WASHINGTON, DC (CBS) - Congress has less than a week to re-authorize the "undetectable firearms act" which requires all guns to have metal pieces in order to make them show up in x-ray machines and metal detectors.
The law has been on the books since 1988 and has been re-authorized unanimously twice before. But now some in Congress say it's out of date and they are proposing changes.
With only a "voice vote", the House passed a resolution re-authorizing the "undetectable firearms act" for ten more years.
Now, the bill heads to the Senate where Democrat Chuck Schumer has argued new technology has made the law outdated.
"Someone in Texas published on the web site a way to make a plastic gun, buying a 3-D printer for less than a thousand dollars," Schumer from New York said.
Under the current law the metal on the plastic gun can be removable and isn't necessary to fire the weapon. Schumer and some others want to change that.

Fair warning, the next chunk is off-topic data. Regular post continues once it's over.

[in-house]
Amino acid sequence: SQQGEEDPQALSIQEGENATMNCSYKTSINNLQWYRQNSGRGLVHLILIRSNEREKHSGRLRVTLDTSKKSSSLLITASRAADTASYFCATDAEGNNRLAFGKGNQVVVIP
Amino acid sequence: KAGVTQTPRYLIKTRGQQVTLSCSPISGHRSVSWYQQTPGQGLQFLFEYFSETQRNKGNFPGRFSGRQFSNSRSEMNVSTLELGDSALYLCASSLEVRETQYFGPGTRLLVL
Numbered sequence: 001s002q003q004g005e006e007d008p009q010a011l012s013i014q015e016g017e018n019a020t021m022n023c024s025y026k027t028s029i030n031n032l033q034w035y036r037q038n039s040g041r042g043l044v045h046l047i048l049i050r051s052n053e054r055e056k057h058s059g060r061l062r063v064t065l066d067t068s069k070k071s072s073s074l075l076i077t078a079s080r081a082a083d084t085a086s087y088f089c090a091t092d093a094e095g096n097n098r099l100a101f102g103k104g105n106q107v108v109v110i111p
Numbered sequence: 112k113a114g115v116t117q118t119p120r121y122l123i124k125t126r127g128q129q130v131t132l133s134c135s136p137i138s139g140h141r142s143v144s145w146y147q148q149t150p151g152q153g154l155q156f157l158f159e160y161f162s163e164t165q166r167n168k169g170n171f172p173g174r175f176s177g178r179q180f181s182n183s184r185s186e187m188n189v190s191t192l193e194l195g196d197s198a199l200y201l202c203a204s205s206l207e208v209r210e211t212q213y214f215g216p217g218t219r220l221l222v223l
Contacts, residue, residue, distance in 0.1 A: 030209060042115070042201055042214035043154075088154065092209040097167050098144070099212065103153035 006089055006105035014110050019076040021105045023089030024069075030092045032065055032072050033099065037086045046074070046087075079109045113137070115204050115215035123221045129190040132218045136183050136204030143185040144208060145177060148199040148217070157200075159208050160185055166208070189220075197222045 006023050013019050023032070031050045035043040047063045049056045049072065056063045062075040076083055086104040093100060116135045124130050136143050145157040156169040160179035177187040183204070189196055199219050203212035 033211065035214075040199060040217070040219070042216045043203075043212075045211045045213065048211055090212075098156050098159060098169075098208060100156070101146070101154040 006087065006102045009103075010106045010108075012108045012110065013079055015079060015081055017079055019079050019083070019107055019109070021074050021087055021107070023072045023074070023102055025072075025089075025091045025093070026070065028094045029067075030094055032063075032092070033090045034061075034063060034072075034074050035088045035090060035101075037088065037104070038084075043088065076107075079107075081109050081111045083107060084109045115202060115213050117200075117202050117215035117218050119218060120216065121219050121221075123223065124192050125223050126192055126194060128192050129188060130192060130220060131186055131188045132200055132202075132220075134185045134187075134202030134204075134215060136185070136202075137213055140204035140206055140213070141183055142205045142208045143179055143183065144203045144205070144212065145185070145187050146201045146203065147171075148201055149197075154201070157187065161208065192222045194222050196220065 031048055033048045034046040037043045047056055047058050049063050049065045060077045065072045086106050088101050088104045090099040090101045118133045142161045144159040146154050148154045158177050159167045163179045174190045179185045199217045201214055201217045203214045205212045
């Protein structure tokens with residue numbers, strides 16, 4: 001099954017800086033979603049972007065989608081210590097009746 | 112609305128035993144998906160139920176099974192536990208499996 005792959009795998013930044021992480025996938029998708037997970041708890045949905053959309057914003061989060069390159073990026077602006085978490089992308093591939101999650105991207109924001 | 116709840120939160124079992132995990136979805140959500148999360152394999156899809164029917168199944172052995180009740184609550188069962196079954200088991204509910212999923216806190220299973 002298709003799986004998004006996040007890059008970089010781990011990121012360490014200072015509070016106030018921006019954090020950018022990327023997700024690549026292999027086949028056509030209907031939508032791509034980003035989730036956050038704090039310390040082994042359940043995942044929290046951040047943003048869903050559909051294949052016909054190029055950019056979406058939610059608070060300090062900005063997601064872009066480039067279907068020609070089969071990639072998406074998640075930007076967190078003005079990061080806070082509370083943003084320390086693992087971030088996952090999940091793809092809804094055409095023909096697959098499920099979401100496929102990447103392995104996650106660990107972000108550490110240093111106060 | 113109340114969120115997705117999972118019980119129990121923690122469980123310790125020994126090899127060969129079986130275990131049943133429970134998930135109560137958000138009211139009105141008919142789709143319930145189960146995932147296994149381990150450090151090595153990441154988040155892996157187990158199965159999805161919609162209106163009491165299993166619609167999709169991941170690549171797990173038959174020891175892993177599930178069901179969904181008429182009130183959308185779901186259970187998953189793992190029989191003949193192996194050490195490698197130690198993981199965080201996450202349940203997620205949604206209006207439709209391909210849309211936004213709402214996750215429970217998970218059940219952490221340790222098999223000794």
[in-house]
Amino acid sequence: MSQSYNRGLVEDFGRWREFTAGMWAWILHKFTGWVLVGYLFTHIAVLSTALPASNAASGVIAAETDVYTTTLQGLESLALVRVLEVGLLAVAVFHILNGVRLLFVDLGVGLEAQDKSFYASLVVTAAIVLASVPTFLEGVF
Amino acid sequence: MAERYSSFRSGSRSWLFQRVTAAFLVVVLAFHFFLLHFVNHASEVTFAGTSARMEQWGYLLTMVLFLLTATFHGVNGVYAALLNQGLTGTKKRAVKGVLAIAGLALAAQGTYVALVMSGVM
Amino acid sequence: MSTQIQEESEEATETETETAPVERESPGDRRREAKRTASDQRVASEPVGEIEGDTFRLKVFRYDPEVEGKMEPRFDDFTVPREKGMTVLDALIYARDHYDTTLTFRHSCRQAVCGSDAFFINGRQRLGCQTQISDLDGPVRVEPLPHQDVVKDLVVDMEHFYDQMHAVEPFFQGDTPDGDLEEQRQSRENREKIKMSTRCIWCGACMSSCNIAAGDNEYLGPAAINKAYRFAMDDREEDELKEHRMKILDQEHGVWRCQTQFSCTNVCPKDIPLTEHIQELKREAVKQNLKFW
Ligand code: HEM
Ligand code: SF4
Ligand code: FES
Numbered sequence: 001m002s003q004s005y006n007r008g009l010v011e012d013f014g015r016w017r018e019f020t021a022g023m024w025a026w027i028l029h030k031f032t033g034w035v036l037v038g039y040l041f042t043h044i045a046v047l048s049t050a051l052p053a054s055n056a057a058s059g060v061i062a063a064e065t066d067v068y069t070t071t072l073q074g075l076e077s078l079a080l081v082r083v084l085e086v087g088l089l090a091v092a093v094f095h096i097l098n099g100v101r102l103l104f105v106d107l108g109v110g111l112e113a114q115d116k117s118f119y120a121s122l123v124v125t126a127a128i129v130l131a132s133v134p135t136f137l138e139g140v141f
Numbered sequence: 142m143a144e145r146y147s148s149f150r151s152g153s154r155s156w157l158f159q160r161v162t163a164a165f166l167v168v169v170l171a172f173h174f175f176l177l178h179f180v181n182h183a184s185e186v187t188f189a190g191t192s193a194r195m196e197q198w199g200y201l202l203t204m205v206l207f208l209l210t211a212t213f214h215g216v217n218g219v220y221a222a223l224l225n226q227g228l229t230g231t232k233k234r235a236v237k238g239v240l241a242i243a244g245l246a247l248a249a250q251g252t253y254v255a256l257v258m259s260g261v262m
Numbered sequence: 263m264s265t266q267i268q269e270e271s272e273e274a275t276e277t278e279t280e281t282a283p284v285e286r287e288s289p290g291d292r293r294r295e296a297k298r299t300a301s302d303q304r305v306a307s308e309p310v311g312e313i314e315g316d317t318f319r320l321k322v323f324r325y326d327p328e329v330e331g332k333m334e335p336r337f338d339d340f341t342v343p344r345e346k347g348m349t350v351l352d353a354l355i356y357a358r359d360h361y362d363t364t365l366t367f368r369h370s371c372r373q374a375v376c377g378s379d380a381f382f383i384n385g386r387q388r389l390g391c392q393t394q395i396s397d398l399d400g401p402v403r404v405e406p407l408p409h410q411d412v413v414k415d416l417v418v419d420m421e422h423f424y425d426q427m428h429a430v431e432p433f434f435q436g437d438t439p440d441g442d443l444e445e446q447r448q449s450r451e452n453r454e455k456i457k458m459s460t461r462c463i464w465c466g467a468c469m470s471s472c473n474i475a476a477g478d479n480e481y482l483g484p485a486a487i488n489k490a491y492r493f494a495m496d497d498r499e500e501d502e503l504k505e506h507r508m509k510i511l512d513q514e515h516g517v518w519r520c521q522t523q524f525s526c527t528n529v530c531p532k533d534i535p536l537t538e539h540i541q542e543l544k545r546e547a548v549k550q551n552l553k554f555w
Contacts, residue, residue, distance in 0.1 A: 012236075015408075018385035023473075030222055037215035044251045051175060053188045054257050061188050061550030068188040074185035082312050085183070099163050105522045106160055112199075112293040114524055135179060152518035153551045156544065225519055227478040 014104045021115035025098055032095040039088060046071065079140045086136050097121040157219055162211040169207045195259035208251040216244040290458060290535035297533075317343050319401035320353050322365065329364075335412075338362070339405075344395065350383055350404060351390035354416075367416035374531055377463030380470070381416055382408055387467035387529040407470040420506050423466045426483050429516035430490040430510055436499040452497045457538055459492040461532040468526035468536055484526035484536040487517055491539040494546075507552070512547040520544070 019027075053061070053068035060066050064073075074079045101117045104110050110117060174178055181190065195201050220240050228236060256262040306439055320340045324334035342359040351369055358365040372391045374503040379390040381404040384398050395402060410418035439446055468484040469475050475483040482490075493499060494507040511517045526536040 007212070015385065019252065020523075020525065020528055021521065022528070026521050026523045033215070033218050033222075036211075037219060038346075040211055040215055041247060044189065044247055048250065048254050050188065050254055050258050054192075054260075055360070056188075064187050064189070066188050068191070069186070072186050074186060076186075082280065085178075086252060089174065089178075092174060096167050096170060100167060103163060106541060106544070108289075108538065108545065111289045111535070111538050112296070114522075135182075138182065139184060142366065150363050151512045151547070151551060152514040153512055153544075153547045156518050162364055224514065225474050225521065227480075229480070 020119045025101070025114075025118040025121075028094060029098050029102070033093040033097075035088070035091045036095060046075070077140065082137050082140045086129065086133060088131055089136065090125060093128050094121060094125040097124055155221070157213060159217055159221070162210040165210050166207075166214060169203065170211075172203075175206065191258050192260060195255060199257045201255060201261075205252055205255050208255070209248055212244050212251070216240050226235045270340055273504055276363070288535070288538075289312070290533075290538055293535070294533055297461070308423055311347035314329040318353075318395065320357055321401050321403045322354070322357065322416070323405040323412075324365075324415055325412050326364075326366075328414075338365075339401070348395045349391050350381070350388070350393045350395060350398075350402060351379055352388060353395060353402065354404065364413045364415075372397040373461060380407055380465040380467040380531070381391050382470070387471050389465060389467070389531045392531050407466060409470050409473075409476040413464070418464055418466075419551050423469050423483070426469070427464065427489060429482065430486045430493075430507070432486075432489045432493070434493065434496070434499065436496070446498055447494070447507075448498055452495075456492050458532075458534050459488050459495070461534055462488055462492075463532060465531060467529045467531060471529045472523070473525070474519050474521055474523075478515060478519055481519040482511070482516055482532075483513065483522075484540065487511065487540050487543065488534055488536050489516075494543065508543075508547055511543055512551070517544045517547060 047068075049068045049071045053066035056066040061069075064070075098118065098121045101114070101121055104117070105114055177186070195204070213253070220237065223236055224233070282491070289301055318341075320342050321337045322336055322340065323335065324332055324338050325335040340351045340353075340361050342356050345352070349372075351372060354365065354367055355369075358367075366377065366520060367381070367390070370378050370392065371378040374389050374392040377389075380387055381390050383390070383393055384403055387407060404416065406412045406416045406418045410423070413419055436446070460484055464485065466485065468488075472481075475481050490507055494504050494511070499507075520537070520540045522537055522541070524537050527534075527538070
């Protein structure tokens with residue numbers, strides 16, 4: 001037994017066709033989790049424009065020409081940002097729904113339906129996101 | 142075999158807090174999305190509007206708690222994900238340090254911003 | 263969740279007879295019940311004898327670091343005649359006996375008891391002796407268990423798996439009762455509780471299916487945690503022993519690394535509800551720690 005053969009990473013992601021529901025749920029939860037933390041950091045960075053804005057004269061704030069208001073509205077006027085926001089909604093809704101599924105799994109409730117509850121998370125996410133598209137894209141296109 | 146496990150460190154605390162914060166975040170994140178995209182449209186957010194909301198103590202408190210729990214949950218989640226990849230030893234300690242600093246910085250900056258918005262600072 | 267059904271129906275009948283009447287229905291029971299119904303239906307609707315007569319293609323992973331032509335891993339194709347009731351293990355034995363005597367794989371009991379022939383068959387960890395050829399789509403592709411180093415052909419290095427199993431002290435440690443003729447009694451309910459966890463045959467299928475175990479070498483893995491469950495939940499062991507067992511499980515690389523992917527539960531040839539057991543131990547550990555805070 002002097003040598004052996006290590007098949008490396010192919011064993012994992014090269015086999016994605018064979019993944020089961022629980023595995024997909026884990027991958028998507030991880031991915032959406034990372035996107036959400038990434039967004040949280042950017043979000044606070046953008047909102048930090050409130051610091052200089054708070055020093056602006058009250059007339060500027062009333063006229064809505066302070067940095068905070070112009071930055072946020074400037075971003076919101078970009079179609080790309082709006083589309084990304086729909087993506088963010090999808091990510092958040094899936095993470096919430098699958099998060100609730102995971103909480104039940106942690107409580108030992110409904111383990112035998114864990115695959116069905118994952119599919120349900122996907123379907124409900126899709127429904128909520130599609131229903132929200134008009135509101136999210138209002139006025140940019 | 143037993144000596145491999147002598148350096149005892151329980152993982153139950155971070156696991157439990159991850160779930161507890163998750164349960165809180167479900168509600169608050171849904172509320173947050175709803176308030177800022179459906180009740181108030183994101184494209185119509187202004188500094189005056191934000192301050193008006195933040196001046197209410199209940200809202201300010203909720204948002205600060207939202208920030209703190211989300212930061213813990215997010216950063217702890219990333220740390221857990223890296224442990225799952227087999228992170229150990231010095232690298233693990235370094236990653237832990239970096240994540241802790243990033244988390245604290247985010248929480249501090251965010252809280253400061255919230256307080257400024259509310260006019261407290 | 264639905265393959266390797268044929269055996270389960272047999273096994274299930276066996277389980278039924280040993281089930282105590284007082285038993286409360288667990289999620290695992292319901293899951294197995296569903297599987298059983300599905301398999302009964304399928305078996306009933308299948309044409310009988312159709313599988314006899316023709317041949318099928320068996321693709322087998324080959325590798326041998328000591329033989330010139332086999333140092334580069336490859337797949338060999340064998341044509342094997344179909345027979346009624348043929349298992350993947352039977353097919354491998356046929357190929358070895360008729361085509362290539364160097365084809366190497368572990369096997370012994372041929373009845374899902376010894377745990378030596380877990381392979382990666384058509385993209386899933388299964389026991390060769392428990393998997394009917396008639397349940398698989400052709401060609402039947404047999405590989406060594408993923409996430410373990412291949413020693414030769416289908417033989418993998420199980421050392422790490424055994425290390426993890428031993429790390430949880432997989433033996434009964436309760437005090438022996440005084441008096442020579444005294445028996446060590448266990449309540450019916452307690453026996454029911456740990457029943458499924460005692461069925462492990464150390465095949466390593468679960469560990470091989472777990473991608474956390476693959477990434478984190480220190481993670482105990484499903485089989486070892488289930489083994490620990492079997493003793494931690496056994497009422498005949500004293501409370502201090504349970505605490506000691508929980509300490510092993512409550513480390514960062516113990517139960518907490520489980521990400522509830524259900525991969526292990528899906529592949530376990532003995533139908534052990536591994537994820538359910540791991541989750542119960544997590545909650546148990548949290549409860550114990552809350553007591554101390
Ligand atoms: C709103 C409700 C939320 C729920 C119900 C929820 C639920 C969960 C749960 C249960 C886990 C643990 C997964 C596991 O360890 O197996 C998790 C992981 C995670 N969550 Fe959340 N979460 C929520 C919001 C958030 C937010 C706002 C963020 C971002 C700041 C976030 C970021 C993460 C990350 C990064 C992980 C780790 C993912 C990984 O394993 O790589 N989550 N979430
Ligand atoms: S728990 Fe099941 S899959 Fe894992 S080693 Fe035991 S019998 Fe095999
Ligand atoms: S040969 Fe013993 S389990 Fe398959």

"It is a matter of common sense that we don't want to make it easy for terrorists and criminals to bring guns past metal detectors onto our planes and into security environments," said Rep. Steve Israel of New York.
The NRA says it is okay with re-authorizing the bill as-is. But in a statement says "the NRA strongly opposes any expansion of the undetectable firearms act."
"I believe in, if it works, it's fine. If it ain't broke, don't fix it," said Alex Delgadillo. The California gun dealer says the proposed changes may deter some people but not determined criminals.
"If they want to get a gun into a place that has metal detectors, they'll find a way," said Delgadillo.